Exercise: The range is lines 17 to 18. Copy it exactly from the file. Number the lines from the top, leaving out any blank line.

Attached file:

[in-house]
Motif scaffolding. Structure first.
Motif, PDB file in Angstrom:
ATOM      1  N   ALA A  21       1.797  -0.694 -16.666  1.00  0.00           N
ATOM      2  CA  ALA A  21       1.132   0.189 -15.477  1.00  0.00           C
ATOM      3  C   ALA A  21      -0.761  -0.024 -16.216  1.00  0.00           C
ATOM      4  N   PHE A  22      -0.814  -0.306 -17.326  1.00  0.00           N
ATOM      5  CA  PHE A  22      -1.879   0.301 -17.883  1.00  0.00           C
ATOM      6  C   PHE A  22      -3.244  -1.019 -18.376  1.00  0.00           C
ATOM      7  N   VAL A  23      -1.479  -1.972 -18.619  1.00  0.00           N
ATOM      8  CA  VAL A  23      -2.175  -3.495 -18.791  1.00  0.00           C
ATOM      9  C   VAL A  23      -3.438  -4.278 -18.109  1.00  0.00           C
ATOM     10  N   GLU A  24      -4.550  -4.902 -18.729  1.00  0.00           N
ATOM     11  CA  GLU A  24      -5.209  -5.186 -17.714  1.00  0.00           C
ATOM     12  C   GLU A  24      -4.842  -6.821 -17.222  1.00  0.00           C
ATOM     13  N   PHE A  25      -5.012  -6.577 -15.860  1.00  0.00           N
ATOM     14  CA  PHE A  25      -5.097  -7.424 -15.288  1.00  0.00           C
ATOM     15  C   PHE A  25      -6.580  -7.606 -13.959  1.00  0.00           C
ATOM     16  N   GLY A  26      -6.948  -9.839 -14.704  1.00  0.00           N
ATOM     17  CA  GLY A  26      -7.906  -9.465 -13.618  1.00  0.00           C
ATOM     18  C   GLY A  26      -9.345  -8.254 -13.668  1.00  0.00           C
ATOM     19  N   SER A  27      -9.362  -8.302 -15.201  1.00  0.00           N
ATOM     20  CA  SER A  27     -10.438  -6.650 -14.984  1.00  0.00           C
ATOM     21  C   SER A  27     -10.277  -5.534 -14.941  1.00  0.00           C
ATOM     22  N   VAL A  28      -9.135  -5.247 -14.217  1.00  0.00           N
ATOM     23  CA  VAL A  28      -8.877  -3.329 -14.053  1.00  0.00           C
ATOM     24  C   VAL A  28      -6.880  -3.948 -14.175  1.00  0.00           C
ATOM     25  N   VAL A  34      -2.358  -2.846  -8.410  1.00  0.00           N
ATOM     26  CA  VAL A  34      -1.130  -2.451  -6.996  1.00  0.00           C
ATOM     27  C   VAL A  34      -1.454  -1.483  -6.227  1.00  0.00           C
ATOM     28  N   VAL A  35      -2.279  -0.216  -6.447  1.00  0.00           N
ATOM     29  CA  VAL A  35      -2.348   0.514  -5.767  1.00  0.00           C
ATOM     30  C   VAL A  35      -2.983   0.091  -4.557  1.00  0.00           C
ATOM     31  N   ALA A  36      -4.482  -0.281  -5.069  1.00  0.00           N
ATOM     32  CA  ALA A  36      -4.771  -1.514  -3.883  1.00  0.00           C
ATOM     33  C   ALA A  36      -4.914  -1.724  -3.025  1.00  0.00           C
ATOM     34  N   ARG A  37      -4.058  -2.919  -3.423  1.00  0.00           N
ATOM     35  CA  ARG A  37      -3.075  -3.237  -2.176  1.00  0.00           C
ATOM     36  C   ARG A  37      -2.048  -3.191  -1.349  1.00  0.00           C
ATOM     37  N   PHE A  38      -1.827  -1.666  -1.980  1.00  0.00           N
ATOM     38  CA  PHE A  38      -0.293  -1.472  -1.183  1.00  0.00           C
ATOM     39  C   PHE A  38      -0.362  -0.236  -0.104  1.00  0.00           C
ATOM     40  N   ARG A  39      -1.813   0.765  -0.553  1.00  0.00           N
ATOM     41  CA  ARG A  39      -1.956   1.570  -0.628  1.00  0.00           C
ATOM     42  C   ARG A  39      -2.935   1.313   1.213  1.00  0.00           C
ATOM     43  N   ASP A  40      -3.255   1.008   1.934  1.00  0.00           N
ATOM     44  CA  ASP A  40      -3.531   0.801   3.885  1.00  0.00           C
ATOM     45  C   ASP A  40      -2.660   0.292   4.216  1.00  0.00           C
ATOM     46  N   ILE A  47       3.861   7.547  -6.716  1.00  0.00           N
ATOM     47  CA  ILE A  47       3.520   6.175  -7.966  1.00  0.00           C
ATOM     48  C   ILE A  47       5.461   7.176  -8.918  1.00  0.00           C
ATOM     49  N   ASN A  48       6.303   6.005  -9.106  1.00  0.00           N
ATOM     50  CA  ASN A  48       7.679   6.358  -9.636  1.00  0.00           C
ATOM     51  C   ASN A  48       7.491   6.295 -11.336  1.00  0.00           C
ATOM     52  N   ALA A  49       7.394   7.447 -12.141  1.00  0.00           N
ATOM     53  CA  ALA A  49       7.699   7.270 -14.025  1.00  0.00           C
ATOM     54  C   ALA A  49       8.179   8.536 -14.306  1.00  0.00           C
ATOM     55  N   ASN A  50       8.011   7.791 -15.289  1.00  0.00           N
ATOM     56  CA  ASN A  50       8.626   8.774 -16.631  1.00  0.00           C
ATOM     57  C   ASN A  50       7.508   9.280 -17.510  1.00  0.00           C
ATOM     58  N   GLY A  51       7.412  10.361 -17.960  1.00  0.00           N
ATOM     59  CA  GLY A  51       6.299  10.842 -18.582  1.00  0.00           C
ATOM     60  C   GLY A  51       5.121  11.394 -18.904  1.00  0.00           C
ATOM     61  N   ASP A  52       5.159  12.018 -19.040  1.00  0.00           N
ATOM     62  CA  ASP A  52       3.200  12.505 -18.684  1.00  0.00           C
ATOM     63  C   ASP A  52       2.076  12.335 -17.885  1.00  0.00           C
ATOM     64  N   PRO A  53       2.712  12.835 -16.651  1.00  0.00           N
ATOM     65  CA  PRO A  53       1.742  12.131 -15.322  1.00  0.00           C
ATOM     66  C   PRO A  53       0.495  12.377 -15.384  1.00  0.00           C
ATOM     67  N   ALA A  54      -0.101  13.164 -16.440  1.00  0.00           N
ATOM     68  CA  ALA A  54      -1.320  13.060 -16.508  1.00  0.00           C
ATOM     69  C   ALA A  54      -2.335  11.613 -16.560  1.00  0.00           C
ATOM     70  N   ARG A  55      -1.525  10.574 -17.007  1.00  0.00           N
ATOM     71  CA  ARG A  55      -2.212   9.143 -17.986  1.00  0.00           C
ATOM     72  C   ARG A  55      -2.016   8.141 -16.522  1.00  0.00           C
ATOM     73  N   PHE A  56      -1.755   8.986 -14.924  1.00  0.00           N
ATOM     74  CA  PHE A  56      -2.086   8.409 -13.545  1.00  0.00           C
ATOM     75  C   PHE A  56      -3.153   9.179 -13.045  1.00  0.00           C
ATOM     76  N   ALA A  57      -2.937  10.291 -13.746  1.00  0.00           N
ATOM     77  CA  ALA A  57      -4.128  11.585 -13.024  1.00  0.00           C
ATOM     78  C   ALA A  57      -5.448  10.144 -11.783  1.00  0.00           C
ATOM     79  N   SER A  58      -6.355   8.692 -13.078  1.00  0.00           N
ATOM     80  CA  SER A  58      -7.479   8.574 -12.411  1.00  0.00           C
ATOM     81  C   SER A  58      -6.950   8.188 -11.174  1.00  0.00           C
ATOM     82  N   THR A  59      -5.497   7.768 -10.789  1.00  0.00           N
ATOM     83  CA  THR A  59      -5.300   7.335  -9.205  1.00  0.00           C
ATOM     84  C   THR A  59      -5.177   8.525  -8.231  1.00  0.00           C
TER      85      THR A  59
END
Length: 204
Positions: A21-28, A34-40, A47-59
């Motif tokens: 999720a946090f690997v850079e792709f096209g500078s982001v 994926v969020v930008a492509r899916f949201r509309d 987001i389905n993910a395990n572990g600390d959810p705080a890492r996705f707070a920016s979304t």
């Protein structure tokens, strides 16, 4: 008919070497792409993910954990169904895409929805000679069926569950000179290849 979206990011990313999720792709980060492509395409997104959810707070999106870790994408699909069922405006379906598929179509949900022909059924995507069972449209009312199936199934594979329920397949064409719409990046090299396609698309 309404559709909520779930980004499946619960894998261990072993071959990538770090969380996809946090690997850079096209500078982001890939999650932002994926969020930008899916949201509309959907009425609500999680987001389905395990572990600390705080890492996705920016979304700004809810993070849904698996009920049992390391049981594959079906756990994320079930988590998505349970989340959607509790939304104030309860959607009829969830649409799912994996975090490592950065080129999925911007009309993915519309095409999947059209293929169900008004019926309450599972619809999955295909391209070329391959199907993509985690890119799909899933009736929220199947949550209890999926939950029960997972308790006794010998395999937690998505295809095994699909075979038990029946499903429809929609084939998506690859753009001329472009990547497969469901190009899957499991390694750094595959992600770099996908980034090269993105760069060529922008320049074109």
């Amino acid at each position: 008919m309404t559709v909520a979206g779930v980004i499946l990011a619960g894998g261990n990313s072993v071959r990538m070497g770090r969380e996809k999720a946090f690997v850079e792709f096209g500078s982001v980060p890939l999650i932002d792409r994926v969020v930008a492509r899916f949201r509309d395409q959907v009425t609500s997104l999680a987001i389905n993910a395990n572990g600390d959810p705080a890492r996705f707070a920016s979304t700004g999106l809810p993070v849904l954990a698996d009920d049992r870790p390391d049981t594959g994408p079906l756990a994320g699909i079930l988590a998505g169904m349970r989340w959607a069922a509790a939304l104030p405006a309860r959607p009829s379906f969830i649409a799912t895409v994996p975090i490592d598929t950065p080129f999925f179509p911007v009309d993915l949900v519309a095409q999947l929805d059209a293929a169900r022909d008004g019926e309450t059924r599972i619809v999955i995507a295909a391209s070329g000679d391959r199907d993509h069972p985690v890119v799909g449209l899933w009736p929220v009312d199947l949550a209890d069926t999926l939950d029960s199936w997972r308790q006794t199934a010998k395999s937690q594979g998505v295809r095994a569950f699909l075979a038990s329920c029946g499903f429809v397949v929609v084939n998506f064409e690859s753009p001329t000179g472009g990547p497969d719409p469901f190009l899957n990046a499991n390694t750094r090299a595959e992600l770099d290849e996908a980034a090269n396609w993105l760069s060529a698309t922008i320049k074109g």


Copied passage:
ATOM     14  CA  PHE A  25      -5.097  -7.424 -15.288  1.00  0.00           C
ATOM     15  C   PHE A  25      -6.580  -7.606 -13.959  1.00  0.00           C